Thursday, February 3, 2011
Flat-footed in GDL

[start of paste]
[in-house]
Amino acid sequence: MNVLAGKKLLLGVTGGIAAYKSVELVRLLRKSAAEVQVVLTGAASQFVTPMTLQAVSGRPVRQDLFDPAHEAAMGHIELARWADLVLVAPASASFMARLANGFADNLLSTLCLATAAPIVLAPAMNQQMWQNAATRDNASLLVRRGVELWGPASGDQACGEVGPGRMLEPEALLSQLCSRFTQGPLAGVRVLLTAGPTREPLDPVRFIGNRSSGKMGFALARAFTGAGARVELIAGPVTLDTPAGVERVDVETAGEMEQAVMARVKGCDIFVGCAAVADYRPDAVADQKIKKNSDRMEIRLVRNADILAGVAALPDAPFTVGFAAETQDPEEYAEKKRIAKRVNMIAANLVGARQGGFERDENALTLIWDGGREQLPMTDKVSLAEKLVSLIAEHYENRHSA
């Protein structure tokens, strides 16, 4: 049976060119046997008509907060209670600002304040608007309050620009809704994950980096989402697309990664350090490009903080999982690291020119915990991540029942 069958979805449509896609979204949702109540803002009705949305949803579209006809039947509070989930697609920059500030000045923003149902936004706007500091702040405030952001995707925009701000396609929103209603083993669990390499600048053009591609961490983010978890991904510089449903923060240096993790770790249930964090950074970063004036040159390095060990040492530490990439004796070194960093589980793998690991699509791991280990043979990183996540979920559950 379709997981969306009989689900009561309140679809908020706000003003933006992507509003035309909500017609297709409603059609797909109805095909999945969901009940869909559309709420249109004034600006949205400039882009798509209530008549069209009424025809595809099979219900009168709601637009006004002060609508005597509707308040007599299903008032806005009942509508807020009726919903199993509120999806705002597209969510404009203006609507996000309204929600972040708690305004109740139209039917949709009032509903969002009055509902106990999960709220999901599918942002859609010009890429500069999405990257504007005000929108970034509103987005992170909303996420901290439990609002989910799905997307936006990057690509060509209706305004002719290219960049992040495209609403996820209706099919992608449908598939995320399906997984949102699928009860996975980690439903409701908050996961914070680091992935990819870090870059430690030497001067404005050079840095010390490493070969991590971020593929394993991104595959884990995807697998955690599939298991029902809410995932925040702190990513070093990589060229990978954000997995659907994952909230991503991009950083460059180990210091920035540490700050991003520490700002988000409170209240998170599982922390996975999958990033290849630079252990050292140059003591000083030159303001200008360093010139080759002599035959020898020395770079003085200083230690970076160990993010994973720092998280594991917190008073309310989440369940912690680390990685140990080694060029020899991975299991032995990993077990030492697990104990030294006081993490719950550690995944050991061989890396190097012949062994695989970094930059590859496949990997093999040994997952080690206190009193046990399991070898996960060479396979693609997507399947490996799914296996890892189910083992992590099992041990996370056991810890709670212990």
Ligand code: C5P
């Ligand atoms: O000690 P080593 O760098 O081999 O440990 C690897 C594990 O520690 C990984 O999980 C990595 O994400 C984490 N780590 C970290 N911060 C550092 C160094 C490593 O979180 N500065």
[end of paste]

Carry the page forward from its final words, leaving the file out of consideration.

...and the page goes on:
Guadalajara awoke Wednesday morning to the nightmarish news that perhaps seven narcobloqueos and grenade and molotov cocktail attacks had occurred during the previous night. Speculation about the provocations of such actions on the part of the gang known as La Resistencia run the gamut from the extradition of Lobo Valencia to anger at a recent drug bust at the airport or the detention of nearly a dozen members of said gang to the nasty but possibly credible accusation, made by Resistencia gang members themselves, that the government has pursued them while protecting members of a rival cartel. The hastily called meeting of municipal and state leaders on Wednesday morning revealed the extent to which the metropolitan and Jalisciense leadership has been snoozing, on the take, or perhaps just in denial. Yet anyone who can read a newspaper, and certainly those living in the neighborhoods, largely to the south of GDL proper, where the majority of the spiraling number of narco-murders have occurred, could have predicted that such events would come the city's way at any moment. The most revealing moment of the press conference entailed a speaker backtracking on his comment that the various levels of government and neighboring municipalities would now begin to cooperate on a greater level in matters of security. Of course, they had already been coordinating efforts, he quickly corrected himself, although the press and the public might well draw their own conclusions from the degree to which the attacks took the multiple police forces in the ZMG by surprise the other night. And as far as the shock and dismay of the citizens themselves, well, again, one must surmise that they have been snoozing, on the take, or in denial as well. The notable presence of narco-money here in the restaurant and construction businesses amongst others, the widely-held belief that GDL has long been a haven for the families of the narcos themselves, and then the death or capture of various narco-capos within the last year who were known to have maintained the peace in the city would all suggest that GDL could easily follow in Monterrey's footsteps. City and state officials, while easy to blame, cannot reasonably confront such a threat with such paltry resources at their disposal. They must either hope that Resistencia is on the run and weaker than one might think in spite of their Michoacanesque show of force the other night or swallow their pride and call in the feds, which will not be pretty either.